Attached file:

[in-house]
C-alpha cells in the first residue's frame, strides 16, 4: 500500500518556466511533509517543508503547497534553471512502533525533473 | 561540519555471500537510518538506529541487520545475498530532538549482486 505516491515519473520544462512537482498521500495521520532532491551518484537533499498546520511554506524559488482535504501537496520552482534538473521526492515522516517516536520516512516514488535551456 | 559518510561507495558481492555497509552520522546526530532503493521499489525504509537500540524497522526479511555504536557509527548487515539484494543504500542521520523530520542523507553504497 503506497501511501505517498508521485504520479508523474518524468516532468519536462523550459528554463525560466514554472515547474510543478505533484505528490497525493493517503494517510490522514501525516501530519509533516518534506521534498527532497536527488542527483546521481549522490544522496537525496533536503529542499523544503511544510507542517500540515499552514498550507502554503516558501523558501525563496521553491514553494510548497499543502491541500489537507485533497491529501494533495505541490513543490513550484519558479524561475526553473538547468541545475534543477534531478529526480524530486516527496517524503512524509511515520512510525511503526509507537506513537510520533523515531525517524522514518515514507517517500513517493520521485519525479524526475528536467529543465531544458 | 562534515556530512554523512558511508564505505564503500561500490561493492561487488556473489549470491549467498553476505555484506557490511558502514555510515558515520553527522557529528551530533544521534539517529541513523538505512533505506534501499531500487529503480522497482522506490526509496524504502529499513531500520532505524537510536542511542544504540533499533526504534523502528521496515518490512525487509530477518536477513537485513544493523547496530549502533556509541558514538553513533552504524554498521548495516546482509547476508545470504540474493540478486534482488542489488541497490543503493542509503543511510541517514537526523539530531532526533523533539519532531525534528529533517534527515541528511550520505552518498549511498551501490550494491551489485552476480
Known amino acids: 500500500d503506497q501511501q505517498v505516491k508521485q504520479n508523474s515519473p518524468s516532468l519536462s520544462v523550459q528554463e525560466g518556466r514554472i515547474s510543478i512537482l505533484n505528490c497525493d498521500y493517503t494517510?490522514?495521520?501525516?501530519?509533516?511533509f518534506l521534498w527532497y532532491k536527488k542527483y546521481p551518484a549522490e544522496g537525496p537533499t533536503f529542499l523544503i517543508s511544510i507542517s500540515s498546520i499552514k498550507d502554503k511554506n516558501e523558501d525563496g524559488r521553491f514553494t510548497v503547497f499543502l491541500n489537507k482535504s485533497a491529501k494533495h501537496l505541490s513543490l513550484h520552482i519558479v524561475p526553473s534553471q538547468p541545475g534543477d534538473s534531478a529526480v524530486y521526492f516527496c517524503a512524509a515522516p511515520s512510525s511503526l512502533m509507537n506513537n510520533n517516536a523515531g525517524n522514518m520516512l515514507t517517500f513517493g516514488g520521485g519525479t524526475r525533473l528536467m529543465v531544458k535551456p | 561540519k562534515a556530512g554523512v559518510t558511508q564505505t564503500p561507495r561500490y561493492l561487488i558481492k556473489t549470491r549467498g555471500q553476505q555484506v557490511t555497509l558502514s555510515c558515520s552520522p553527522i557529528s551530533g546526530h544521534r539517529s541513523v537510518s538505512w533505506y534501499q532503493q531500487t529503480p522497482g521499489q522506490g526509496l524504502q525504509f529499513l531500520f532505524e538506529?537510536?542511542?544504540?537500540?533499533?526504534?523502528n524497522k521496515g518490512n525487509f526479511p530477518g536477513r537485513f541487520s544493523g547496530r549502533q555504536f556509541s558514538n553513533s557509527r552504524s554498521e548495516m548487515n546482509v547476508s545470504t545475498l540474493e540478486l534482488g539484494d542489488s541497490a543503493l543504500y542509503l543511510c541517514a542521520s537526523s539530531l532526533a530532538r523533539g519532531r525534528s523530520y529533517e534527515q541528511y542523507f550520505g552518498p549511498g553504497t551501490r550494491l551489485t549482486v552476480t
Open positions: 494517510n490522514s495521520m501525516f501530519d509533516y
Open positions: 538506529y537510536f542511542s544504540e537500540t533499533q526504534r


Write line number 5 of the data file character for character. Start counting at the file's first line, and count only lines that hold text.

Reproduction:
Open positions: 538506529y537510536f542511542s544504540e537500540t533499533q526504534r